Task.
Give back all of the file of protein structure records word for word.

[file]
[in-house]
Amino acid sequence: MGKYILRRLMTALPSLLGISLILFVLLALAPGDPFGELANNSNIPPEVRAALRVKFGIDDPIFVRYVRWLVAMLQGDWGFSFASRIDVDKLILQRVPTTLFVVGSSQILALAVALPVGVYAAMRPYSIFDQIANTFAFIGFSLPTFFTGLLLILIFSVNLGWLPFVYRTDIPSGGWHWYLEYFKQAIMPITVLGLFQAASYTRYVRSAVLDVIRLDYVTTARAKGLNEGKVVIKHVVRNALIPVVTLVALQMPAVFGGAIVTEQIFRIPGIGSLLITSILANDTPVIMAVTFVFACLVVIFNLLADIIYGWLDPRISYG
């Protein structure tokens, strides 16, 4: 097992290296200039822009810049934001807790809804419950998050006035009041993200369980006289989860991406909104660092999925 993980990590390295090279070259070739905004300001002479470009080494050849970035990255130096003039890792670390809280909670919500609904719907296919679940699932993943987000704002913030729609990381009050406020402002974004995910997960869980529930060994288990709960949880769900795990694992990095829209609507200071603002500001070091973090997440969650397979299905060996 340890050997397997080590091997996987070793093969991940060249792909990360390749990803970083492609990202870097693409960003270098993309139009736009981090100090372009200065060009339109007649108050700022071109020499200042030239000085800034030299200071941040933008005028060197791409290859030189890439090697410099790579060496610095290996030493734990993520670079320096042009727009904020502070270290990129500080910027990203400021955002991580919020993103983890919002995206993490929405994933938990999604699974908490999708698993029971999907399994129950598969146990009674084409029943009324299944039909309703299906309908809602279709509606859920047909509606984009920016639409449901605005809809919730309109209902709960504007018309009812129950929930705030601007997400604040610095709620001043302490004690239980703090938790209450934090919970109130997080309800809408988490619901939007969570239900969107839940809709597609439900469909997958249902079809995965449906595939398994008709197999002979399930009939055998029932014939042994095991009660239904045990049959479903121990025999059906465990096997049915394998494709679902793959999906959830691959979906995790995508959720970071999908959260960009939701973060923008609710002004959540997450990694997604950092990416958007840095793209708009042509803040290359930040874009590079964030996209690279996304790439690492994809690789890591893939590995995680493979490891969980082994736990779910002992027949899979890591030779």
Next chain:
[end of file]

[in-house]
Amino acid sequence: MGKYILRRLMTALPSLLGISLILFVLLALAPGDPFGELANNSNIPPEVRAALRVKFGIDDPIFVRYVRWLVAMLQGDWGFSFASRIDVDKLILQRVPTTLFVVGSSQILALAVALPVGVYAAMRPYSIFDQIANTFAFIGFSLPTFFTGLLLILIFSVNLGWLPFVYRTDIPSGGWHWYLEYFKQAIMPITVLGLFQAASYTRYVRSAVLDVIRLDYVTTARAKGLNEGKVVIKHVVRNALIPVVTLVALQMPAVFGGAIVTEQIFRIPGIGSLLITSILANDTPVIMAVTFVFACLVVIFNLLADIIYGWLDPRISYG
């Protein structure tokens, strides 16, 4: 097992290296200039822009810049934001807790809804419950998050006035009041993200369980006289989860991406909104660092999925 993980990590390295090279070259070739905004300001002479470009080494050849970035990255130096003039890792670390809280909670919500609904719907296919679940699932993943987000704002913030729609990381009050406020402002974004995910997960869980529930060994288990709960949880769900795990694992990095829209609507200071603002500001070091973090997440969650397979299905060996 340890050997397997080590091997996987070793093969991940060249792909990360390749990803970083492609990202870097693409960003270098993309139009736009981090100090372009200065060009339109007649108050700022071109020499200042030239000085800034030299200071941040933008005028060197791409290859030189890439090697410099790579060496610095290996030493734990993520670079320096042009727009904020502070270290990129500080910027990203400021955002991580919020993103983890919002995206993490929405994933938990999604699974908490999708698993029971999907399994129950598969146990009674084409029943009324299944039909309703299906309908809602279709509606859920047909509606984009920016639409449901605005809809919730309109209902709960504007018309009812129950929930705030601007997400604040610095709620001043302490004690239980703090938790209450934090919970109130997080309800809408988490619901939007969570239900969107839940809709597609439900469909997958249902079809995965449906595939398994008709197999002979399930009939055998029932014939042994095991009660239904045990049959479903121990025999059906465990096997049915394998494709679902793959999906959830691959979906995790995508959720970071999908959260960009939701973060923008609710002004959540997450990694997604950092990416958007840095793209708009042509803040290359930040874009590079964030996209690279996304790439690492994809690789890591893939590995995680493979490891969980082994736990779910002992027949899979890591030779």
Next chain: